Three cheers for the European Commission’s tax on tech
Philip Stephens

The European Commission often gets a bad press. Sometimes it is ahead of the game — grasping nettles that national governments have avoided. This week the commission unveiled plans for a new tax on the EU operations of global technology companies. European governments and citizens should give it three cheers.
The moment has come to rein in the digital behemoths. Whether it is aggressive tax avoidance, regulatory arbitrage or abuse of personal data, the likes of Facebook, Google and Apple cannot indefinitely be permitted to shirk any responsibilities to the societies in which they operate. A digital tax is a welcome step in the right direction.
Supporters of the open international trading system and liberal democratic government should be among those applauding the effort to make these businesses pay their share. Globalisation can be sustained only if business plays by common sense rules. The trivial EU tax bills of some of the world’s most profitable companies are a powerful weapon in the hands of anti-globalisation populists across Europe.
The commission’s proposal is for a straightforward levy on sales to capture some of the hidden profits the companies generate in EU states. The present system of international corporate taxation — levied on declared profits rather than sales — has allowed tech companies to slip the net of a system designed for the pre-digital world.
The levy would fall on advertising revenues, user and subscriber fees and income from the sale of personal data by the largest digital players. At a rate of 3 per cent it would initially raise about €5bn a year from companies with a global annual turnover of more than €750m and EU taxable revenues of at least €50m. The commission expects the tax to be a bridge to a fundamental overhaul of international taxation to allow governments to capture the effects of digital technology.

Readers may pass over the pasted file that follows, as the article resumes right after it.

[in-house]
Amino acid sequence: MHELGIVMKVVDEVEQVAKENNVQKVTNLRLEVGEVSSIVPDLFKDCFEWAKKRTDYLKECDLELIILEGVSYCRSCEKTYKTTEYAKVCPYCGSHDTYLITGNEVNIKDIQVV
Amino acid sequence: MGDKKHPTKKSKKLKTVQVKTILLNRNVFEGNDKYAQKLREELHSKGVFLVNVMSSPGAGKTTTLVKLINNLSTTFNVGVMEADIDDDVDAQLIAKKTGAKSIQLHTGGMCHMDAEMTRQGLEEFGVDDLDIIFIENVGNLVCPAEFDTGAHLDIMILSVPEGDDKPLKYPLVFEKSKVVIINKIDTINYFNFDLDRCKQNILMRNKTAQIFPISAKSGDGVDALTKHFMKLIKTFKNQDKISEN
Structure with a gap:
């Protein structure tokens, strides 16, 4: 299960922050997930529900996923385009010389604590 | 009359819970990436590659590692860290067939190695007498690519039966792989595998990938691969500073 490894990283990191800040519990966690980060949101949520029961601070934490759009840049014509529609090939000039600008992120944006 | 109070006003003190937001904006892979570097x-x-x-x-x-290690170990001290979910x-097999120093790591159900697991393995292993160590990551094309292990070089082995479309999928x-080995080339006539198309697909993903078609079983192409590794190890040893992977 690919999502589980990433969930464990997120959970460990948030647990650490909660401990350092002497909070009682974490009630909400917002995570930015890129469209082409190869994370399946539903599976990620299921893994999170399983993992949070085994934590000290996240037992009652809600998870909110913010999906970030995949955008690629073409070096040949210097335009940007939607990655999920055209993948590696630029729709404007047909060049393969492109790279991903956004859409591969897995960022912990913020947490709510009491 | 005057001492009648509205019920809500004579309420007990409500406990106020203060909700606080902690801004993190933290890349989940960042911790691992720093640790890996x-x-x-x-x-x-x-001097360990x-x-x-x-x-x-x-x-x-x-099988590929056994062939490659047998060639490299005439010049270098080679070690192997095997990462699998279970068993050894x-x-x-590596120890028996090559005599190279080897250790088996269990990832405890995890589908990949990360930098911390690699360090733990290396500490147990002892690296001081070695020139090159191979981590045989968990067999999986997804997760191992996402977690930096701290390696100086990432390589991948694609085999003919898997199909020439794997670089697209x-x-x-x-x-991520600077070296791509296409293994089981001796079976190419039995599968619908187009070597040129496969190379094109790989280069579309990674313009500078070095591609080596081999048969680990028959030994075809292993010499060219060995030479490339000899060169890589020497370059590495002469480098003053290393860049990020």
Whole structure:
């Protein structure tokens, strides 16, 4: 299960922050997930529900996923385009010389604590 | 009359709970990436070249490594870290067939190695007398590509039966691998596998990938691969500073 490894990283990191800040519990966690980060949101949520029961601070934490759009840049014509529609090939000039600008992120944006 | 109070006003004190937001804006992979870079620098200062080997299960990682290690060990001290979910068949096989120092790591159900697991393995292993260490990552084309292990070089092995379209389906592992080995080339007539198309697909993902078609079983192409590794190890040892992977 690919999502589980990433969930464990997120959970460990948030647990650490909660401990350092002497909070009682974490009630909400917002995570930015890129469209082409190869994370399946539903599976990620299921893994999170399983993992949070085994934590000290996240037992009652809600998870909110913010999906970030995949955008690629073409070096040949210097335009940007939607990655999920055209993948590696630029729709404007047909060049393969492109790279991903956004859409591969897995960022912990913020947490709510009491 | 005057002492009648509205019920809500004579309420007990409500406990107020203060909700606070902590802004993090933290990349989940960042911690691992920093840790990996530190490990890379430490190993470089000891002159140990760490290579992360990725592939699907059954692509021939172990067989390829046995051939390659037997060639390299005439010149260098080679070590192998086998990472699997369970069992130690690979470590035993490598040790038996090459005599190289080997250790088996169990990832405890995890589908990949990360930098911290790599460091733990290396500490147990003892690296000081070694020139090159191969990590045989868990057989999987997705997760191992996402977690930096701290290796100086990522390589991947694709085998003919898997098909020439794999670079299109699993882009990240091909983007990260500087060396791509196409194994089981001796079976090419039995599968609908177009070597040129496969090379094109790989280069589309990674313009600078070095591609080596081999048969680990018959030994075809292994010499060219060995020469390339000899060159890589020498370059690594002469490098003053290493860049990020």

Predictably enough, Silicon Valley has already raised armies of lobbyists to oppose the measure. Steven Mnuchin, the US Treasury secretary, has been enlisted to speak out publicly against the tax. One diversionary tactic is to entangle the tax with other transatlantic disputes, including that over US steel and aluminium tariffs. The levy, however, is not directed specifically at US companies. By the commission’s calculation it would affect about 100 from around the world.
The numbers speak for themselves. The commission estimates the effective EU tax rate of companies in other sectors of the economy at about 23 per cent. For the digital sector the rate is about 9.5 per cent.
The political signal sent by the new levy is as important as the additional revenues. After a long period in which the technology companies were allowed more or less to make up their own rules of operation, the commission has put itself at the forefront in measures to enforce greater competition and tax transparency. Google has been fined for breaching competition rules and Apple ordered to pay billions in back taxes.
This begins to answer the populists’ most potent charge — that even as rootless multinationals rob citizens of their economic security, the profits flow to a small global elite. Without the revenue, governments cannot put in place the education, labour market and welfare measures necessary to cushion the economic dislocation. Machine learning and artificial intelligence make the challenge still more acute.
As in their careless handling of personal data and visceral dislike of competition, so in their attitude to tax — too many of the digital titans assume they should sit outside traditional frameworks.
The commission has taken an important step towards disabusing them of this. Now it deserves the wholehearted backing of EU governments.
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